Corporate anti-money laundering and proceeds of crime litigation

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Expert advice to navigate the complexities of anti-money laundering, proceeds of crime laws and sanctions. 

Our experienced legal practitioners advise business leaders, directors, C-Suite executives and professional advisers in the identification of issues, compliance with or responses to risks relating to anti-money laundering (AML) and proceeds of crime laws, as well as sanctions.

Our team can help by creating and delivering programs to build awareness of the basis, risks and potential ramifications of sanctions, anti-money laundering and proceeds of crime laws and designing and implementing company or transaction-specific strategies to ensure compliance with sanctions, anti-money laundering and proceeds of crime laws.

We carry out or guide strategic or transaction-specific due diligence to avoid inadvertent breaches and are experienced in representation in legal proceedings involving sanctions, anti-money laundering and proceeds of crime laws. This includes civil and criminal enforcement actions, such as asset seizure or confiscation. We also assist with negotiation with federal enforcement agencies.


  • anti-money laundering;
  • directors' duties and other obligations under the Corporations Act;
  • proceeds of crime;
  • sanctions;
  • responding to investigations by government agencies involved in anti-money laundering, proceeds of crime and sanctions enforcement, including the Australian Border Force (ABF), Australian Crime Intelligence Commission (ACIC), Australian Federal Police (AFP), Australian Securities Investments Commission (ASIC), Australian Taxation Office (ATO) and the Australian Transaction Reports and Analysis Centre (AUSTRAC);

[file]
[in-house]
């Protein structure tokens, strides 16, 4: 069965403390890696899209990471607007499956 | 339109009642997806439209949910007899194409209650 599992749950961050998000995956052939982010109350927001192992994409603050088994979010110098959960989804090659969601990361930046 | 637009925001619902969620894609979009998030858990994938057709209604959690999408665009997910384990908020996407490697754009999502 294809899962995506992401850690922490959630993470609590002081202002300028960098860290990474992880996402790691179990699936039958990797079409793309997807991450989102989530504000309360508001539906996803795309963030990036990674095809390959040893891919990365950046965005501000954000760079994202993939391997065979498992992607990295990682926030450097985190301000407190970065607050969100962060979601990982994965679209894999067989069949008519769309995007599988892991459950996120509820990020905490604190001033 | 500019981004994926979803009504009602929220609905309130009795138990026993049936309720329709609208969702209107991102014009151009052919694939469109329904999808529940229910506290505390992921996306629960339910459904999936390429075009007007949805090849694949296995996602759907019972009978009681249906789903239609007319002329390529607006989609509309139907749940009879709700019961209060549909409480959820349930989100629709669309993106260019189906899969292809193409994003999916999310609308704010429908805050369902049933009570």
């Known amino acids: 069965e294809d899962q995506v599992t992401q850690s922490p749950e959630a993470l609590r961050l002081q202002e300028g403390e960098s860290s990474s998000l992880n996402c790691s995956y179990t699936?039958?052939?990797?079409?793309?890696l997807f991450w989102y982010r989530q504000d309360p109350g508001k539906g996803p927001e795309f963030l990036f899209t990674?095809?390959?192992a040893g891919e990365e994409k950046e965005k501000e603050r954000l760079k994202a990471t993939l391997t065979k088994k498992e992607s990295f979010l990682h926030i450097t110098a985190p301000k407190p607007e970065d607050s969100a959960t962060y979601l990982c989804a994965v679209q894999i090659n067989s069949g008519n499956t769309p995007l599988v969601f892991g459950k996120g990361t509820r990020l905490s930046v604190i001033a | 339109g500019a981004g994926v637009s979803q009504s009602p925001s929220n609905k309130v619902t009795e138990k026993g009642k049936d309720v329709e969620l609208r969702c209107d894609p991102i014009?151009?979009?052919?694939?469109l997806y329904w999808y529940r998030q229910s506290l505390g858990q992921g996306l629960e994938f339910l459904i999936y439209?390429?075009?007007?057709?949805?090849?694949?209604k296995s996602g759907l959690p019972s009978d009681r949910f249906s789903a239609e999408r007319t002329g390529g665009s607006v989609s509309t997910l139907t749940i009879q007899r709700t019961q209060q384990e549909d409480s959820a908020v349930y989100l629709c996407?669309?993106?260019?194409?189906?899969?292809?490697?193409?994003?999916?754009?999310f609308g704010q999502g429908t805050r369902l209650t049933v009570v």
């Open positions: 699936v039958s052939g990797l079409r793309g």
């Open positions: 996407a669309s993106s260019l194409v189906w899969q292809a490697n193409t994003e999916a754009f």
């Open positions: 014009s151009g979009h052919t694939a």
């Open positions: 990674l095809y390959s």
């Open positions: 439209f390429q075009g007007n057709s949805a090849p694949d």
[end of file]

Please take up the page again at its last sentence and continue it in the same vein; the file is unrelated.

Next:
• white collar crime.

How can money laundering and sanctions offences impact business?

Money laundering covers activities that conceal the true source of money that is reasonably believed to be the proceeds of crime. Trade-based money laundering is generally intended to shift assets to, or to move them around inside, ‘safe’ foreign jurisdictions, and each party involved in the transaction chain is potentially at risk – even if that party is unaware of the true circumstances in which it has become involved. 

Offences also occur where sanctions laws are breached – either by dealing with sanctioned parties or in sanctioned assets. The Federal government now has the power to impose autonomous sanctions to address particular issues (known as thematic sanctions) which include threats to international peace and security, malicious cyber activity, serious violations or serious abuses of human rights or activities that undermine good governance or the rule of law under the Autonomous Sanctions Act 2011.  

Risks and consequences

Sanctions, anti-money laundering and proceeds of crime laws have created a rapidly-growing risk profile for an increasingly large segment of the corporate world – particularly in relation to foreign finance and trade. Assets can be seized or forfeited, civil and criminal liability can arise and large  fines and penalties – including imprisonment - may apply,  even if participants were unaware of their involvement in unlawful or sanctioned transaction.


HopgoodGanim has been ranked by Doyle's Guide as a Leading Commercial Litigation & Dispute Resolution Law Firm in Queensland from 2016-2021. Special Counsel Hui Ling Dean has been recognised with the Australian Federal Police Commissioner’s Group Citation for Conspicuous Conduct for her earlier time in the Criminal Assets Litigation team at the AFP.

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